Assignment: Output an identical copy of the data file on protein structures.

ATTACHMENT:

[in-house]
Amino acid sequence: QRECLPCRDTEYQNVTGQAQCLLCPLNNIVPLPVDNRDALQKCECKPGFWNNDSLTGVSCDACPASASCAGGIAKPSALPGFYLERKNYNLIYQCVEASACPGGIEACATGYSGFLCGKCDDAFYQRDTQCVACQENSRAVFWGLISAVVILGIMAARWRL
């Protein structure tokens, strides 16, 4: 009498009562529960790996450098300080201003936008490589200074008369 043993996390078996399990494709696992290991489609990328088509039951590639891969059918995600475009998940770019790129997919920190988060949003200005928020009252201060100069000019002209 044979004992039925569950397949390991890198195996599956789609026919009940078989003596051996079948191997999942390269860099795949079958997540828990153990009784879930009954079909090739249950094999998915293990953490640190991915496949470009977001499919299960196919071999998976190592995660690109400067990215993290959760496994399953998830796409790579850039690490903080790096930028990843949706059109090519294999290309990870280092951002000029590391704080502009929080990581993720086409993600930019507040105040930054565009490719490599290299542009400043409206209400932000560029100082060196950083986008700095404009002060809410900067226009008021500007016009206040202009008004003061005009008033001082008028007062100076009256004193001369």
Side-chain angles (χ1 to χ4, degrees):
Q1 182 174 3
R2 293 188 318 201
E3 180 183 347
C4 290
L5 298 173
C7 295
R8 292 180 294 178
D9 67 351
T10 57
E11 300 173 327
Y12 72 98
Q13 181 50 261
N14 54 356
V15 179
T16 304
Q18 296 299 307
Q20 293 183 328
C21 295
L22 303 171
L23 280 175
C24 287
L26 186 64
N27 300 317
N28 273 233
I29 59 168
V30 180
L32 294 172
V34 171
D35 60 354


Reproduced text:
[in-house]
Amino acid sequence: QRECLPCRDTEYQNVTGQAQCLLCPLNNIVPLPVDNRDALQKCECKPGFWNNDSLTGVSCDACPASASCAGGIAKPSALPGFYLERKNYNLIYQCVEASACPGGIEACATGYSGFLCGKCDDAFYQRDTQCVACQENSRAVFWGLISAVVILGIMAARWRL
């Protein structure tokens, strides 16, 4: 009498009562529960790996450098300080201003936008490589200074008369 043993996390078996399990494709696992290991489609990328088509039951590639891969059918995600475009998940770019790129997919920190988060949003200005928020009252201060100069000019002209 044979004992039925569950397949390991890198195996599956789609026919009940078989003596051996079948191997999942390269860099795949079958997540828990153990009784879930009954079909090739249950094999998915293990953490640190991915496949470009977001499919299960196919071999998976190592995660690109400067990215993290959760496994399953998830796409790579850039690490903080790096930028990843949706059109090519294999290309990870280092951002000029590391704080502009929080990581993720086409993600930019507040105040930054565009490719490599290299542009400043409206209400932000560029100082060196950083986008700095404009002060809410900067226009008021500007016009206040202009008004003061005009008033001082008028007062100076009256004193001369």
Side-chain angles (χ1 to χ4, degrees):
Q1 182 174 3
R2 293 188 318 201
E3 180 183 347
C4 290
L5 298 173
C7 295
R8 292 180 294 178
D9 67 351
T10 57
E11 300 173 327
Y12 72 98
Q13 181 50 261
N14 54 356
V15 179
T16 304
Q18 296 299 307
Q20 293 183 328
C21 295
L22 303 171
L23 280 175
C24 287
L26 186 64
N27 300 317
N28 273 233
I29 59 168
V30 180
L32 294 172
V34 171
D35 60 354